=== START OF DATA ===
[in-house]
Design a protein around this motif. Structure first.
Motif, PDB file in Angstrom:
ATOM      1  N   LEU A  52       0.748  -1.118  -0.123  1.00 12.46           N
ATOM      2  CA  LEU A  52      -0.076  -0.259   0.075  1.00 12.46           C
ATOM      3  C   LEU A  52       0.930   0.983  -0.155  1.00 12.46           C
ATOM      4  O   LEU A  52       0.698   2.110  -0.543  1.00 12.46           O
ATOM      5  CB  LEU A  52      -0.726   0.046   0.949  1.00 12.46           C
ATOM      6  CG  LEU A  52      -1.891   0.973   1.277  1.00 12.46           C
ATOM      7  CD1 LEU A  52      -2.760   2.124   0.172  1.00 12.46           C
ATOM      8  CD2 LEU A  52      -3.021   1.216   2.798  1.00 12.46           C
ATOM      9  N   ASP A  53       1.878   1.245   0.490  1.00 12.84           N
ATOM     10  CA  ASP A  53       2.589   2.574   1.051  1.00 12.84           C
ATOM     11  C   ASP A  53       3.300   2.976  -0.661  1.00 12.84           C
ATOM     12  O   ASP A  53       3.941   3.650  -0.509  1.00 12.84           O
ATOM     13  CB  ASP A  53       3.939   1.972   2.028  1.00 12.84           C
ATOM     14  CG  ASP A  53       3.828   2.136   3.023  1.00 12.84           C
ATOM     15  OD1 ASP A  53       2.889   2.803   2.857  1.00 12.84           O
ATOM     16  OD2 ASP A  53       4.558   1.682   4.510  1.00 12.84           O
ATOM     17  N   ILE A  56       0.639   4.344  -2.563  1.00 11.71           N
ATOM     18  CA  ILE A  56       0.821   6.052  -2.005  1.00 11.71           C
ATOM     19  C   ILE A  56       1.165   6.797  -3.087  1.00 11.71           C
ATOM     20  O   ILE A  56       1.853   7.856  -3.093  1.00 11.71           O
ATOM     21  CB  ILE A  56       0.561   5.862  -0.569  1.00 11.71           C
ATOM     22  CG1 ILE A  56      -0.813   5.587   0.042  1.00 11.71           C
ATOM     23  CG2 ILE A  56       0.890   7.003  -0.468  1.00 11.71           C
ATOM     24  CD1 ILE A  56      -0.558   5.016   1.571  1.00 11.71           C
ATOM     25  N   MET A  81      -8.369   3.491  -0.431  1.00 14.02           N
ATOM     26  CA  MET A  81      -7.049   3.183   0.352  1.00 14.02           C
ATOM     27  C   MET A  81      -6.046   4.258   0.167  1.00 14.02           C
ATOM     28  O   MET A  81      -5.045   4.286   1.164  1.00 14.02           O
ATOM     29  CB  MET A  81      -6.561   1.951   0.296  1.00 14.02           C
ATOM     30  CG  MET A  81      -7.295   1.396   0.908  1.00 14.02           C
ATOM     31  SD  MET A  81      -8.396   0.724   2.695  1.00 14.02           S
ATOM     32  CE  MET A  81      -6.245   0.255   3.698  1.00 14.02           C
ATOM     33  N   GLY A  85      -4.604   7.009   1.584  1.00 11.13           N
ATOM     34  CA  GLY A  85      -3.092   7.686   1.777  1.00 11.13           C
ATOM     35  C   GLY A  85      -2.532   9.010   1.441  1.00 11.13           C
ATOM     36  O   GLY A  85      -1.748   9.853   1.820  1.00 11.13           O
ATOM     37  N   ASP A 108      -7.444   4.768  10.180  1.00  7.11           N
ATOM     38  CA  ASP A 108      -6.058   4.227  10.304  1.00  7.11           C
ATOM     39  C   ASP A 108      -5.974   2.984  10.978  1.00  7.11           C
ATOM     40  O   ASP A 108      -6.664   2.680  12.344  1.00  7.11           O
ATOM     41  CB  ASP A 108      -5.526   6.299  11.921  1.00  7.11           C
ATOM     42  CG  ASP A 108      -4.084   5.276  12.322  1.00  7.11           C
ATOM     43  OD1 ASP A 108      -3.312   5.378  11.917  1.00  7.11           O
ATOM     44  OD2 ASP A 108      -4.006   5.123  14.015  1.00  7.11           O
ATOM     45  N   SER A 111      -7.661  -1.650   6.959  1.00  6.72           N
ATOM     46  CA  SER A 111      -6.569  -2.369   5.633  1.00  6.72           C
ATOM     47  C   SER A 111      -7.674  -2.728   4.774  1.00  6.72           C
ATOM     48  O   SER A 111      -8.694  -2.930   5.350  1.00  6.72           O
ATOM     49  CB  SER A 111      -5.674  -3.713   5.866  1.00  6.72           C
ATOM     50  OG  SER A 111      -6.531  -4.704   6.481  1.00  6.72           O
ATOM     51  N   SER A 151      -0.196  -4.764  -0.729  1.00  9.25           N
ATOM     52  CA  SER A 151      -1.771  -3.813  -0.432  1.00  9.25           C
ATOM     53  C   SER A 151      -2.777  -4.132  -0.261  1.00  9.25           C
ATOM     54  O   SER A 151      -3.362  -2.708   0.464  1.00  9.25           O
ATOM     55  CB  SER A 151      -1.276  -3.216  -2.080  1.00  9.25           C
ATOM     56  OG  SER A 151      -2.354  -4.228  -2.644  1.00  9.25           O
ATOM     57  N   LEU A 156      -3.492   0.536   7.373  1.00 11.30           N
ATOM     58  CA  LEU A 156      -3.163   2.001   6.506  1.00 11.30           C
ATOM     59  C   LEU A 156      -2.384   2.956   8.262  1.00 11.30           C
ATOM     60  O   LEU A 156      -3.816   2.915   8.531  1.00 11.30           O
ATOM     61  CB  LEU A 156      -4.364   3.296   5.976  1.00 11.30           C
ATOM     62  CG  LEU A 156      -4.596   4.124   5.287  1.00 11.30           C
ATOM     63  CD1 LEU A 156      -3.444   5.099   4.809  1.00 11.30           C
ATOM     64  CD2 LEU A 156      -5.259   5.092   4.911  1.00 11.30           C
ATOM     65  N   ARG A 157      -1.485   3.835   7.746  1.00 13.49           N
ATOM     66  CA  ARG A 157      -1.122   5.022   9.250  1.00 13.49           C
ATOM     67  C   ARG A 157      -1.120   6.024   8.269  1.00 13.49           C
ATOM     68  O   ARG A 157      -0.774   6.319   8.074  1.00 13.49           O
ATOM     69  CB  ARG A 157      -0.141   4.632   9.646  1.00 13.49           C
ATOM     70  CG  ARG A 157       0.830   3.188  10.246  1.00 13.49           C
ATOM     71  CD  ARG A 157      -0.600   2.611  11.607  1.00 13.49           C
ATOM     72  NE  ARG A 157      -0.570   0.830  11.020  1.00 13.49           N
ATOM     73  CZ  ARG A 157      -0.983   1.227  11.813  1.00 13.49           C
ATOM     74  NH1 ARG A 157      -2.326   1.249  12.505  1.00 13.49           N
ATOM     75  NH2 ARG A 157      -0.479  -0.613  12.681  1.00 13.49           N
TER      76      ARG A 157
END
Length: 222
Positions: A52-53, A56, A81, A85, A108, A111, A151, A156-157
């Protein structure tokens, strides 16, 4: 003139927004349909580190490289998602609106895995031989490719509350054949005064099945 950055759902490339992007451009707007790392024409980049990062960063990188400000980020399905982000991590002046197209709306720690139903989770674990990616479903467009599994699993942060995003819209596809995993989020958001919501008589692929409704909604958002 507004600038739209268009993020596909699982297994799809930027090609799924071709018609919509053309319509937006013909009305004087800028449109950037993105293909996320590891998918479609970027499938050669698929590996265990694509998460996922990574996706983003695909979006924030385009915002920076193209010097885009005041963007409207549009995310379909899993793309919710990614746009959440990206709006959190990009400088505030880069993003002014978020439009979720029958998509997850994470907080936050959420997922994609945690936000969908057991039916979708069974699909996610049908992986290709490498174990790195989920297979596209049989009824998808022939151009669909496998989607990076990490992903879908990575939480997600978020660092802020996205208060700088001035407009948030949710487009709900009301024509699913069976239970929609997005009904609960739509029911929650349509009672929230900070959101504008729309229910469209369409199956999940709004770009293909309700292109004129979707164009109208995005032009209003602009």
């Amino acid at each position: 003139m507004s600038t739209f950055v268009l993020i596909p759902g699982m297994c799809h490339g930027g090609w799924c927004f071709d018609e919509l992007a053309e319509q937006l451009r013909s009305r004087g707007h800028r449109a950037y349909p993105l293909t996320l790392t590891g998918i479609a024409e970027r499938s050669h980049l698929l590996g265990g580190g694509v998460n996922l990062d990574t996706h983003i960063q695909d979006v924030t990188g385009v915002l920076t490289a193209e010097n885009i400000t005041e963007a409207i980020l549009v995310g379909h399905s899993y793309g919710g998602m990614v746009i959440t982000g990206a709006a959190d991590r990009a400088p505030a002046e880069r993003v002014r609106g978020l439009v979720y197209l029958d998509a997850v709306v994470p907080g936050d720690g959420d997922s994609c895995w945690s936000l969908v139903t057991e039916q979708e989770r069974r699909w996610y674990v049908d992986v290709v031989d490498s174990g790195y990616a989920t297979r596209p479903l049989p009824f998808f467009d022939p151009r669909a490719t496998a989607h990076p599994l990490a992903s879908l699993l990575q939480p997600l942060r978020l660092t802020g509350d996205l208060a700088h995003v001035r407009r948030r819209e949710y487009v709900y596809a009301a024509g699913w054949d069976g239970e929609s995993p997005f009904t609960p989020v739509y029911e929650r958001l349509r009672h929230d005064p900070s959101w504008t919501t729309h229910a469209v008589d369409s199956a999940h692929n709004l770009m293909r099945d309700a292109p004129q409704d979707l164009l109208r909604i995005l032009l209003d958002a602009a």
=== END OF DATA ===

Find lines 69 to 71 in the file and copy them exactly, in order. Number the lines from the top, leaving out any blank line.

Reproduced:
ATOM     66  CA  ARG A 157      -1.122   5.022   9.250  1.00 13.49           C
ATOM     67  C   ARG A 157      -1.120   6.024   8.269  1.00 13.49           C
ATOM     68  O   ARG A 157      -0.774   6.319   8.074  1.00 13.49           O